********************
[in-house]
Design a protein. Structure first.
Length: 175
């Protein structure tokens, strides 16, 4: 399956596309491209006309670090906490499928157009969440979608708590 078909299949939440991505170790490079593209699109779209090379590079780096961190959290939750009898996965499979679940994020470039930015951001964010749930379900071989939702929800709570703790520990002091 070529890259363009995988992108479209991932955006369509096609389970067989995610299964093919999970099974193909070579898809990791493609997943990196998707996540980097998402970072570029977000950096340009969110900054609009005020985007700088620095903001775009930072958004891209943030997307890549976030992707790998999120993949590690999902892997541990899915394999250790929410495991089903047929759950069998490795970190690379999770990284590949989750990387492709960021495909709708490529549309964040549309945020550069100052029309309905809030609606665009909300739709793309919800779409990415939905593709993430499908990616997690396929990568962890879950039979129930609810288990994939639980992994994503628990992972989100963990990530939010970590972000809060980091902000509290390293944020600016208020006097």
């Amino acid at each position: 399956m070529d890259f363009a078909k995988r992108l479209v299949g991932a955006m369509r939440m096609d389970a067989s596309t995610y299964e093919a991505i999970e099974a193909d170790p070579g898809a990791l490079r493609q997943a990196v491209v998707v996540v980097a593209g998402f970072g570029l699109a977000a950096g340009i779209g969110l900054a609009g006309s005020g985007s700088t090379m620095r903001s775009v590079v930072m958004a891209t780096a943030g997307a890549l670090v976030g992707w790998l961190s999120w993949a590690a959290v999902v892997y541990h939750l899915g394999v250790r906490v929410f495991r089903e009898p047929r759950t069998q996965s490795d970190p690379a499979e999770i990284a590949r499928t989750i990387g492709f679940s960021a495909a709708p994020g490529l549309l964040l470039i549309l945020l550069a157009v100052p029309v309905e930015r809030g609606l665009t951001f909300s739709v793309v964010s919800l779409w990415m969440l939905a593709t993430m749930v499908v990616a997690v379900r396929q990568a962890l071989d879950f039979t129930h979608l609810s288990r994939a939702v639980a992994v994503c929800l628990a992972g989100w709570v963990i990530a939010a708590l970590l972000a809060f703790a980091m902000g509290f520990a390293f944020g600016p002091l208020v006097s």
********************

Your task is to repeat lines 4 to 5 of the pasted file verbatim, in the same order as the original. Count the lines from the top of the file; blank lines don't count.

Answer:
């Protein structure tokens, strides 16, 4: 399956596309491209006309670090906490499928157009969440979608708590 078909299949939440991505170790490079593209699109779209090379590079780096961190959290939750009898996965499979679940994020470039930015951001964010749930379900071989939702929800709570703790520990002091 070529890259363009995988992108479209991932955006369509096609389970067989995610299964093919999970099974193909070579898809990791493609997943990196998707996540980097998402970072570029977000950096340009969110900054609009005020985007700088620095903001775009930072958004891209943030997307890549976030992707790998999120993949590690999902892997541990899915394999250790929410495991089903047929759950069998490795970190690379999770990284590949989750990387492709960021495909709708490529549309964040549309945020550069100052029309309905809030609606665009909300739709793309919800779409990415939905593709993430499908990616997690396929990568962890879950039979129930609810288990994939639980992994994503628990992972989100963990990530939010970590972000809060980091902000509290390293944020600016208020006097």
């Amino acid at each position: 399956m070529d890259f363009a078909k995988r992108l479209v299949g991932a955006m369509r939440m096609d389970a067989s596309t995610y299964e093919a991505i999970e099974a193909d170790p070579g898809a990791l490079r493609q997943a990196v491209v998707v996540v980097a593209g998402f970072g570029l699109a977000a950096g340009i779209g969110l900054a609009g006309s005020g985007s700088t090379m620095r903001s775009v590079v930072m958004a891209t780096a943030g997307a890549l670090v976030g992707w790998l961190s999120w993949a590690a959290v999902v892997y541990h939750l899915g394999v250790r906490v929410f495991r089903e009898p047929r759950t069998q996965s490795d970190p690379a499979e999770i990284a590949r499928t989750i990387g492709f679940s960021a495909a709708p994020g490529l549309l964040l470039i549309l945020l550069a157009v100052p029309v309905e930015r809030g609606l665009t951001f909300s739709v793309v964010s919800l779409w990415m969440l939905a593709t993430m749930v499908v990616a997690v379900r396929q990568a962890l071989d879950f039979t129930h979608l609810s288990r994939a939702v639980a992994v994503c929800l628990a992972g989100w709570v963990i990530a939010a708590l970590l972000a809060f703790a980091m902000g509290f520990a390293f944020g600016p002091l208020v006097s």